Infant Fatality Could Be First Recorded Ransomware Death

A tragic case making its way through the courts in the US could prove to be the first recorded death due to ransomware.

According to papers filed in June 2020 (via NBC), Teiranni Kidd of Mobile, Alabama, is accusing Springhill Memorial Hospital and its owners of failing to mitigate a crippling cyber-attack and then conspiring to hide its impact on patient care.

Kidd’s daughter Nicko was born with her umbilical cord wrapped around her neck, a problem that has purportedly led to brain damage and the infant’s death several months later.

Fetal heart rate monitors would have usually picked up the issue. Yet, according to the Wall Street Journal, medical staff could not access these from the usual location as a display had been locked by threat actors seeking a ransom payment.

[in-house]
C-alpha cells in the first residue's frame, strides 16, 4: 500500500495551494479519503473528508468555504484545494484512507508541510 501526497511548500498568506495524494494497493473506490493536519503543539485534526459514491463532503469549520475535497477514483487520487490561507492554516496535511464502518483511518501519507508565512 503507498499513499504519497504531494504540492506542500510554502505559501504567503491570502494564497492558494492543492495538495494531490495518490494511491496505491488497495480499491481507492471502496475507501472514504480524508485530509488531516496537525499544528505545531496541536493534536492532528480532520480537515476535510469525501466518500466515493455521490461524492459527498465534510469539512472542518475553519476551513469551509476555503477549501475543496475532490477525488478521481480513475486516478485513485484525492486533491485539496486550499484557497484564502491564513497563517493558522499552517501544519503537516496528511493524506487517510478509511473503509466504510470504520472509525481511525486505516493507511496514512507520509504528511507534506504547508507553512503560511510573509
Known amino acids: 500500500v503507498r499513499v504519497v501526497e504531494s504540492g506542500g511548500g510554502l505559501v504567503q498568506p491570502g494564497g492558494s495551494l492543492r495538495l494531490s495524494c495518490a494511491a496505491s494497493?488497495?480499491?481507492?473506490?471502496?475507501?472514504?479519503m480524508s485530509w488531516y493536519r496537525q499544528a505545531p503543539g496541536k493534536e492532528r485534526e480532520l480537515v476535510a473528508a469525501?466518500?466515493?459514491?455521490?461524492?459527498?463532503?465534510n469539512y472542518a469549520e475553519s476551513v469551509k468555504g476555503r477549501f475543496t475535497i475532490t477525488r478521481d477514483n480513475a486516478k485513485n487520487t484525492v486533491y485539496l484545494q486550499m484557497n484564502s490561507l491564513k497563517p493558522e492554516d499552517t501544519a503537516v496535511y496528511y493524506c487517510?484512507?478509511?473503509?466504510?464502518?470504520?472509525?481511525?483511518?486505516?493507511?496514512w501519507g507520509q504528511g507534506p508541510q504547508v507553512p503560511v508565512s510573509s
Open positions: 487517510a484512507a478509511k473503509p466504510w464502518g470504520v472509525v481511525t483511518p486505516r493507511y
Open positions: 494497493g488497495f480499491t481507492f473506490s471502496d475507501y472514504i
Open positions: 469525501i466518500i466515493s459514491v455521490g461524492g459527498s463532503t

Computing systems were disabled for a total of eight days, including wireless tracking of medical staff and digital patient records, the report claimed.

“Nurses and other healthcare personnel were forced to use outdated paper charting methods and paper documentation to record and document Teiranni’s labor and Nicko’s delivery. Some of the paper forms used outdated terminology and had not been used in years,” the court documents allege.

“As a result, the number of healthcare providers who would normally monitor her labour and delivery was substantially reduced, and important safety-critical layers of redundancy were eliminated.”

If Kidd had known the extent of the technology outage at the hospital, she would have chosen to have her baby elsewhere, the suit contends.

The hospital denies any wrongdoing.

The case highlights the potentially tragic real-world consequences of mounting cyber-attacks. Hospitals came under particular strain during the pandemic as many ransomware groups spotted an opportunity to monetize their attacks.

One study in August claimed that half of US hospitals had been forced to shut down their networks during the previous six months due to ransomware.

In September 2020, it emerged that a woman died after being diverted from a German hospital compromised by ransomware. However, it was later reported that her injuries were so severe that she would likely have died even if the hospital had been able to admit her.

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